Here, the construction manager works to determine the goals and objectives of the project, making decisions on everything from the building size to the number of rooms, space management, and lots more.

Next, the manager works out the designs for the structure, including plans for all of its layers, and then proceeds to create the final drawings and specifications for the project.


The pre-construction stage begins when the construction manager gets the go-ahead from the project owner to proceed with construction. The manager must then carry out site inspections and soil tests before proceeding.


Here, the construction manager acquires the materials, equipment, and labor that the project needs.


First, the construction manager must convene a pre-construction meeting to iron out decisions on material use and storage, quality control, site access, work hours and payment schedules for contractors and workers, then, construction begins.

Construction Management Requirements

Typically, most construction managers, especially those on larger projects, are people with both college degrees and significant construction experience. However, construction managers without traditional education still become favorites for top projects if they have the expertise to back them as this field is significantly experience-driven.

Nevertheless, the increasing amount of automation and the use of more complicated systems in construction today is creating a situation where the demand for relevant formal academic requirements is on the rise.

However, even after bagging a degree, the experience is still of vital importance, and the fact that many construction management degrees include up to a year of practical onsite expertise is a testament to that fact. Even after graduating from college, many construction managers still spend extended periods as apprentices under established managers before handling projects of their own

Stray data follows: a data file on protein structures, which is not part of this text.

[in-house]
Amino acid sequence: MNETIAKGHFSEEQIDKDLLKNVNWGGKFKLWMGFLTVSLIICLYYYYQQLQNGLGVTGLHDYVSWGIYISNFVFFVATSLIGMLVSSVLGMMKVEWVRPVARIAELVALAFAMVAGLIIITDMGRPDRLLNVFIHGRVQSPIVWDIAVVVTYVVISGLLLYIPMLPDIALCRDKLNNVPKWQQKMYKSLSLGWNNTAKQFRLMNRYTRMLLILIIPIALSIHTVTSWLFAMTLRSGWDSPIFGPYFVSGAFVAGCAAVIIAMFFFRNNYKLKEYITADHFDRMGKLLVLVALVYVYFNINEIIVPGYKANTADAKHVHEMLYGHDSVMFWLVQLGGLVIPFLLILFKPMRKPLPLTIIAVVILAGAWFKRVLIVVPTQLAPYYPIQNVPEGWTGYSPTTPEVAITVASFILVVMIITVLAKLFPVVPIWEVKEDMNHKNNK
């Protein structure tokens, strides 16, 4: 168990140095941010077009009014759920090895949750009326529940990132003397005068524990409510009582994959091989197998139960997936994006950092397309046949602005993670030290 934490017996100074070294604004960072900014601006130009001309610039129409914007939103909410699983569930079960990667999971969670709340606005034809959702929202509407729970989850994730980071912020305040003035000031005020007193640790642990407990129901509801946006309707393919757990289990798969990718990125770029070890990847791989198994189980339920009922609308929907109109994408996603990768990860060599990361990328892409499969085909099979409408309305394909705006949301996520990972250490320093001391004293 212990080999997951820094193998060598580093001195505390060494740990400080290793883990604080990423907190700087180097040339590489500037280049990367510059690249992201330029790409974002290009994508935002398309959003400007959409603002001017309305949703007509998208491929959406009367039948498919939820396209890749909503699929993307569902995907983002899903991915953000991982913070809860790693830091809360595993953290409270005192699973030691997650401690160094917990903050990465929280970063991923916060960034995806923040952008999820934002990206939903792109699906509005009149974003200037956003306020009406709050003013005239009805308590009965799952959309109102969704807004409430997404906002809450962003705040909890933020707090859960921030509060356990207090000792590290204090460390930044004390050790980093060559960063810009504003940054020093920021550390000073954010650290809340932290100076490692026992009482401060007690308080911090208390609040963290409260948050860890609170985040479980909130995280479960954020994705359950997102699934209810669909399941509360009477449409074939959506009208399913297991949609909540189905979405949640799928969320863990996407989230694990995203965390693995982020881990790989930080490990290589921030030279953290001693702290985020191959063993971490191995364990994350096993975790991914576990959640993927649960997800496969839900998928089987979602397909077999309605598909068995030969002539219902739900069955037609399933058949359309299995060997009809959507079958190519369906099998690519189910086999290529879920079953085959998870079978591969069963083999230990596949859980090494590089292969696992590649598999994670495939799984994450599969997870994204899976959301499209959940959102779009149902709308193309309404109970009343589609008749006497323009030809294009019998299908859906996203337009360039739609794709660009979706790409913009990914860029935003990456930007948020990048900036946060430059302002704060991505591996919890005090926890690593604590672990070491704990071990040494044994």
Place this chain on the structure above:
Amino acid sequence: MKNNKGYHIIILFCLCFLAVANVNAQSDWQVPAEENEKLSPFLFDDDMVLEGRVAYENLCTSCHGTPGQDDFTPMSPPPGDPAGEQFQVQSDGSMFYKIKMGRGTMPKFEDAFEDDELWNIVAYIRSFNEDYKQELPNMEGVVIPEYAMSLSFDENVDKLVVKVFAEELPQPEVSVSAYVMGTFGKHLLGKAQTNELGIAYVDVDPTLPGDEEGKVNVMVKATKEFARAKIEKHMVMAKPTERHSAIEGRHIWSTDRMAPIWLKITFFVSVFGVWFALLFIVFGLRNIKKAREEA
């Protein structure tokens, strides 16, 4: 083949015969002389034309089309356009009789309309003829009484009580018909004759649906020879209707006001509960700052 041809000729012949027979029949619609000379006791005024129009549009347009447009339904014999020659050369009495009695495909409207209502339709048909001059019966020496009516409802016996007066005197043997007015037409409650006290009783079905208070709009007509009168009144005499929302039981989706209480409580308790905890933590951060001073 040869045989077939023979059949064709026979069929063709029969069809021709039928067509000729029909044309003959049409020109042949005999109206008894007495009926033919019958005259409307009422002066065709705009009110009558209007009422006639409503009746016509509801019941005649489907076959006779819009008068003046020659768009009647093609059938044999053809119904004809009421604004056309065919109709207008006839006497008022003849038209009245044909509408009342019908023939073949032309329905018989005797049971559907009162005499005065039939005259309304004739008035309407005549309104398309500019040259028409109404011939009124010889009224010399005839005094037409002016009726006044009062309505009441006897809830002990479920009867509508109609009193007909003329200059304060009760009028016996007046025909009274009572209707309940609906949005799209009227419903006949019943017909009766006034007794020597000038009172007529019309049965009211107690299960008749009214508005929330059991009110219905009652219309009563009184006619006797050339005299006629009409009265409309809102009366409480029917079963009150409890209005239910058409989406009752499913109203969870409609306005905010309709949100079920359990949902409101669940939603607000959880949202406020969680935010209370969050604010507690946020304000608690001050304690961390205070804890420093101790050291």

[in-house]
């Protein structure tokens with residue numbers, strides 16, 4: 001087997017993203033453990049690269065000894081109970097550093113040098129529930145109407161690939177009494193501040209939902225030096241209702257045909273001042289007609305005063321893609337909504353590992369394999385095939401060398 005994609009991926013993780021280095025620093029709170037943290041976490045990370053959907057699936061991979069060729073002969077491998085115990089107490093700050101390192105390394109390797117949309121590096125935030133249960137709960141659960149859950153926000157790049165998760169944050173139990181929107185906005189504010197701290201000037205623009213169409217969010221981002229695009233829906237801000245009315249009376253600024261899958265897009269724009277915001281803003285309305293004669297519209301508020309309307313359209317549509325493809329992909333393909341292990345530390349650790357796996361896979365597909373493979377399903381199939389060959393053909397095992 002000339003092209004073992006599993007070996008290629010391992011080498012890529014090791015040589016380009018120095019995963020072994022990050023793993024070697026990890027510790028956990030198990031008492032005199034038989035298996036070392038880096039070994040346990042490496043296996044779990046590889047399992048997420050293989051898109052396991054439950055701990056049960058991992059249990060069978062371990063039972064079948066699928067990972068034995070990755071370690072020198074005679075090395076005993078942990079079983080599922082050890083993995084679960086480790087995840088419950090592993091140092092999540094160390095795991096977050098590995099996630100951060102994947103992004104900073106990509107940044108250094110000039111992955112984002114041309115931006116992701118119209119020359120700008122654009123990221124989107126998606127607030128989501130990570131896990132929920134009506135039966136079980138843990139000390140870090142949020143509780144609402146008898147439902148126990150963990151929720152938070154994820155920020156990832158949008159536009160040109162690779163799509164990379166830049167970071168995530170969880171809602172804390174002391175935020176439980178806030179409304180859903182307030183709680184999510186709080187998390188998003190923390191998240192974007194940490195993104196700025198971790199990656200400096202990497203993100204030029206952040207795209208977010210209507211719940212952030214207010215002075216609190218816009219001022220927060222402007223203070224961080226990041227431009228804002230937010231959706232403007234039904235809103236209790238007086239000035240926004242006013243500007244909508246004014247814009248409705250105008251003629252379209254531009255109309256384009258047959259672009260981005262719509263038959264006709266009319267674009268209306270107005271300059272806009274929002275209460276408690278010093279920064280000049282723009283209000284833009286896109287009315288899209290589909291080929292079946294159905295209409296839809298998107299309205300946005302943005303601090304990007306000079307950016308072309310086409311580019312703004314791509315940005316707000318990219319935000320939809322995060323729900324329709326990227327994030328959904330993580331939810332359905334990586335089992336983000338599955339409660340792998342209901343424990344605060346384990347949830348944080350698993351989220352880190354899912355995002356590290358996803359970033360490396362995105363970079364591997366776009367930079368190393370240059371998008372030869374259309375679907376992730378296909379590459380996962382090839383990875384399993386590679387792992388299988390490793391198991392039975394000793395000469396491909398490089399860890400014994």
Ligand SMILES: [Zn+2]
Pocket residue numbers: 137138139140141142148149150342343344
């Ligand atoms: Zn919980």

Many jobs now require construction managers who have at least a Bachelor’s in construction management, engineering, or architecture. A construction management degree instructs undergraduates in all the skills necessary for handling the onsite management responsibilities you need for managing construction projects.

For construction management, you do not have to bother with national memberships as there are no requirements for federal licensing in the field. However, some states still require a state license before you can practice there.

Construction Management Degrees

The two academic options for an aspiring project manager are either a bachelor’s degree or a Master’s in construction management.

A bachelor’s degree takes around 3-4 years to complete and has the same requirements as any regular university degree. In contrast, the masters take about 1-2 years and typically requires a Bachelor’s in Construction Management, Construction Engineering, Architecture, Civil Engineering, or other related fields.

Construction Management Jobs

The jobs available to you as a construction management professional include:

  • Construction manager
  • Estimator
  • Building surveyor
  • Building services engineer
  • Arbitrator
  • Building control surveyor
  • Estates manager
  • Site engineer
  • Sustainability consultant
  • Fire risk assessor
  • Quantity surveyor